Description and call for papers

“Living fame no fortune can confound”: Richard Barnfield’s Legacy – Sapienza University of Rome, 9-10 February 2023
Sometimes considered the rival poet in Shakespeare’s sonnets (Daugherty 2010), Richard Barnfield has certainly been one of the most unjustly neglected poets of early modern England, also due to the homosexual and homoerotic content of his best-known works, i.e., The Affectionate Shepherd and the sonnets. Object of growing scholarly attention in recent years, a large part of Barnfield’s eclectic and cultivated poetic output is still vastly understudied.
The aim of this conference is to shed new light on Barnfield’s work, exploring both his poetic achievements and his linguistic contribution to the shaping of early modern English, not underestimating his learned use of sources.
We welcome 20-minute paper proposals on (but not limited to) the following topics:
  • Re-assessing Barnfield’s canon
  • Intertextuality and interdiscursivity in Barnfield’s work
  • Barnfield’s relationship with his sources
  • Barnfield’s engagement with different poetic genres (sonnets, epyllia, etc.)
  • Barnfield’s work within the early modern English literary and linguistic panorama
  • Stylistic approaches to Barnfield’s poems 

A selection of papers will be proposed for publication in a collection of essays.
Selected bibliography

  • Borris, K. and G. Klawitter, eds. 2001. The Affectionate Shepherd: Celebrating Richard Barnfield. Selinsgrove: Susquehanna University Press; London: Associated University Presses.
  • Clitheroe, F., ed. 1992. The Life and Selected Writings of Richard Barnfield 1574-1627. Newcastle: Lymes Press.
  • Daugherty, L. 2010. William Shakespeare, Richard Barnfield, and the Sixth Earl of Derby. Amherst and New York: Cambria.
  • Demetriou, T. 2017. “The Non-Ovidian Elizabethan Epyllion: Thomas Watson, Christopher Marlowe, Richard Barnfield”. In Mythological Interweavings in Shakespeare and his Contemporaries, ed. by J. Valls-Russell, C. Coffin and A. Lafont, 41-64. Manchester: Manchester University Press.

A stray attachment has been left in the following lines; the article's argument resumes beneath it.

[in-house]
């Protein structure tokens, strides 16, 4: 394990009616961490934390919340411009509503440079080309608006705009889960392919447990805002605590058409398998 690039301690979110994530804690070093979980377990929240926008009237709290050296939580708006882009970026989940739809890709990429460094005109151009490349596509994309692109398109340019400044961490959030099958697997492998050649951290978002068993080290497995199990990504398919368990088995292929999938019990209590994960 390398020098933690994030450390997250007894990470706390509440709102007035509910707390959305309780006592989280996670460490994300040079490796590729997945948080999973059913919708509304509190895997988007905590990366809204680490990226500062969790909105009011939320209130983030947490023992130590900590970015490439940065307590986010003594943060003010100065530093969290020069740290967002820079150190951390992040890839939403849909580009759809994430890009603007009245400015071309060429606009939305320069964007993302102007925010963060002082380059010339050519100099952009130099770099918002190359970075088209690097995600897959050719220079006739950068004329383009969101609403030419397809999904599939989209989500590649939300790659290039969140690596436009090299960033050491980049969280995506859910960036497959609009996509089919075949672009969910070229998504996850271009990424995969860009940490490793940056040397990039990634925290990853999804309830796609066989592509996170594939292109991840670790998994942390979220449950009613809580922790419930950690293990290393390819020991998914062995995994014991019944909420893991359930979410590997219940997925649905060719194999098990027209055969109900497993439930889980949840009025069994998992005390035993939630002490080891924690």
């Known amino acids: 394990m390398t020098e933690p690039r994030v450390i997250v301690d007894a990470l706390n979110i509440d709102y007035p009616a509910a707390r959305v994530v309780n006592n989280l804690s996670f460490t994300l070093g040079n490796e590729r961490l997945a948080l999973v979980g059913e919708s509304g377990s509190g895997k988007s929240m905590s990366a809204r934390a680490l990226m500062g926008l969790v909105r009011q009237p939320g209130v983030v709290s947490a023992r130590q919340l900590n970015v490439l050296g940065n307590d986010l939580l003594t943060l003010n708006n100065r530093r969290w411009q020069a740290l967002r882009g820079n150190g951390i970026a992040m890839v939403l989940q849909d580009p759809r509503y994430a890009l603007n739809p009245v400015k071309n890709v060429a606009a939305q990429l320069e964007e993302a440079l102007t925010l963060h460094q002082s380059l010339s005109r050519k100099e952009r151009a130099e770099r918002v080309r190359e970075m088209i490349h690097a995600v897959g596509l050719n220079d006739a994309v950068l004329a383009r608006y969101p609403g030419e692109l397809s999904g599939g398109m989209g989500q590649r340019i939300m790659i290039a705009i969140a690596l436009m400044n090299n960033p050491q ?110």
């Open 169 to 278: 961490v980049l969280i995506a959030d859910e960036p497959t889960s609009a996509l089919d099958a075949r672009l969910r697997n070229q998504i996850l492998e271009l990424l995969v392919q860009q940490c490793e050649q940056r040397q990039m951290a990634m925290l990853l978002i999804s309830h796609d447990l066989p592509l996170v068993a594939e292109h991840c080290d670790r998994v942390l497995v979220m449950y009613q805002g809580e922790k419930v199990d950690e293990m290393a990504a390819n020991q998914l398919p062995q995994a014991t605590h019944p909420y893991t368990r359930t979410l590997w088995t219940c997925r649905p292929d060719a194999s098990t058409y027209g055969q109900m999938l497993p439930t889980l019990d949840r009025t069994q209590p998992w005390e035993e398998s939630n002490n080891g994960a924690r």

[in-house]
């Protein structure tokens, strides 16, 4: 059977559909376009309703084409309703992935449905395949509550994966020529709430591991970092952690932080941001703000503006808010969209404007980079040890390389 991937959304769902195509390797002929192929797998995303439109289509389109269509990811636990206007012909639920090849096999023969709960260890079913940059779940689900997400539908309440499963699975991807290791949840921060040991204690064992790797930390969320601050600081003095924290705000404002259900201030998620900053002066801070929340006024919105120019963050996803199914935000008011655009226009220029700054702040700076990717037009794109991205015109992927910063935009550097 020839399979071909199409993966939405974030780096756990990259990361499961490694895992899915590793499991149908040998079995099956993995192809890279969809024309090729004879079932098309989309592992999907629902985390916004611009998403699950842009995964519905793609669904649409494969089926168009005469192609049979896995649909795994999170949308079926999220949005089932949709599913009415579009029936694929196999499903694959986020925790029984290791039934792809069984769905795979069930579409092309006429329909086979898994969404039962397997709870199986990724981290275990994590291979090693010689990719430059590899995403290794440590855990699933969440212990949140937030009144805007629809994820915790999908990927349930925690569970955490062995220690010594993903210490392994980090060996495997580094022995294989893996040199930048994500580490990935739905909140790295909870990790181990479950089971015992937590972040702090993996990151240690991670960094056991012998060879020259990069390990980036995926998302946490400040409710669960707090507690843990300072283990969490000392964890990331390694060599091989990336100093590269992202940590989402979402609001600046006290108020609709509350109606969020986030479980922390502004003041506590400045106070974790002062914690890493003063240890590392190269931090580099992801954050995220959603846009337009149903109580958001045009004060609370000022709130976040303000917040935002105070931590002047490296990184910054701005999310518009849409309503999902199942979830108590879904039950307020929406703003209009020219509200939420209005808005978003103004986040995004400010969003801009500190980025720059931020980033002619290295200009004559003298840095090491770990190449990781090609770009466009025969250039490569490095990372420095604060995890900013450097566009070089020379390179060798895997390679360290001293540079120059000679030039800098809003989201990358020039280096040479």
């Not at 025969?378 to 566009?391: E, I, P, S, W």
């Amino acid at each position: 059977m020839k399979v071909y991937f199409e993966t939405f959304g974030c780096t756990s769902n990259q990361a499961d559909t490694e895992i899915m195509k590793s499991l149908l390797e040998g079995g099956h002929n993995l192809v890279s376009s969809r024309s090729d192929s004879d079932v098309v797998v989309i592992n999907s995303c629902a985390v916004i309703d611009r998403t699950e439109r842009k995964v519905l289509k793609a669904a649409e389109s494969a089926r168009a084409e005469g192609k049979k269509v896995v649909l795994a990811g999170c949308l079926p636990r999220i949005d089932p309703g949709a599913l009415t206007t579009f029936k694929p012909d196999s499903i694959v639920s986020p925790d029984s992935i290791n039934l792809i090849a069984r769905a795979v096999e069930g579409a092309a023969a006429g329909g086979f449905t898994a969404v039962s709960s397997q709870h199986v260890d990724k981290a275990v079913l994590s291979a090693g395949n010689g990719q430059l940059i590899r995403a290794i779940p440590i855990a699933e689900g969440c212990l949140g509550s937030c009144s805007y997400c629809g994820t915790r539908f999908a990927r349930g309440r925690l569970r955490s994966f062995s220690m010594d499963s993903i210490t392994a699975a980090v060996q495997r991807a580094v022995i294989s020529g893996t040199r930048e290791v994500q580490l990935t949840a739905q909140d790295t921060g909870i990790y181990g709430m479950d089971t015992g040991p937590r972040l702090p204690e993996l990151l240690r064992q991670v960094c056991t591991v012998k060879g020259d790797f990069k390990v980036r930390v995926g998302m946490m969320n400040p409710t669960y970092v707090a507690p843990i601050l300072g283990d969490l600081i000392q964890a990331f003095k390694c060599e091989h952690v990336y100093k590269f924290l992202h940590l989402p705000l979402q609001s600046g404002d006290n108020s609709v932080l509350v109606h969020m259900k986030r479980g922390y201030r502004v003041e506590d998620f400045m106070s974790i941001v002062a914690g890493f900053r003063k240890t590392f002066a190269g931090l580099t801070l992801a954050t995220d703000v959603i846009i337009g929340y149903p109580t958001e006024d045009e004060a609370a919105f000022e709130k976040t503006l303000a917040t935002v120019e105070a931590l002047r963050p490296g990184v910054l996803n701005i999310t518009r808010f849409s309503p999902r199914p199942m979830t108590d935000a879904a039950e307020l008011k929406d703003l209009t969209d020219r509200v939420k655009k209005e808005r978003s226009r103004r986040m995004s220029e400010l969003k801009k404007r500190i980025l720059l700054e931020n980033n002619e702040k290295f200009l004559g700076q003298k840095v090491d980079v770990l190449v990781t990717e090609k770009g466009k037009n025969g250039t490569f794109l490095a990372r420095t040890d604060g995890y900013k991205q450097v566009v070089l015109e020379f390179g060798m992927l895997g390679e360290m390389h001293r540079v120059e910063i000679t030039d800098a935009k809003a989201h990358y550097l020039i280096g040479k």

• Eriksen, R. 2013. “Marlowe and Company in Richard Barnfield’s Greene’s Funeral (1594)”. Nordic Journal of English Studies 12(2): 71-80.
  • Giantvalley, S. 1981. “Barnfield, Brayton, and Marlowe: Homoeroticism and Homosexuality in Elizabethan Literature”. Pacific Coast Philology 16(2): 9-24.
  • Grosart, A.B., ed. 1876. The Complete Poems of Richard Barnfield. London: J.B. Nichols and sons.
  • Hadfield, A. 2015. “Richard Barnfield, John Weever, William Basse and other encomiasts”. In The Shakespeare Circle: An Alternative Biography, ed. by P. Edmondson and S. Wells, 199-212. Cambridge: Cambridge University Press.
  • Klawitter, G., ed. 2005. Poems of Richard Barnfield. New York, Lincoln and Shanghai: iUniverse.
  • Massai, S. 2004. “Barnfield, Richard”. In Oxford Dictionary of National Biography, ed. by L. Goldman, online. http://www.oxforddnb.com/view/article/1487.
  • Morris, H. 1959. “Richard Barnfield, Amyntas, and the Sidney Circle”. PMLA 74(4): 318-24.
  • Morris, H. 1963. Richard Barnfield, Colin’s Child. Tallahassee: Florida State University Studies. 


Please, send proposals of no more than 250 words and a short bio sketch to the three co-organisers at camilla.caporicci@unipg.it, fabio.ciambella@uniroma1.it and cristiano.ragni@univr.it. Proposals should also clearly state your name(s), a working title for your paper and your affiliation(s).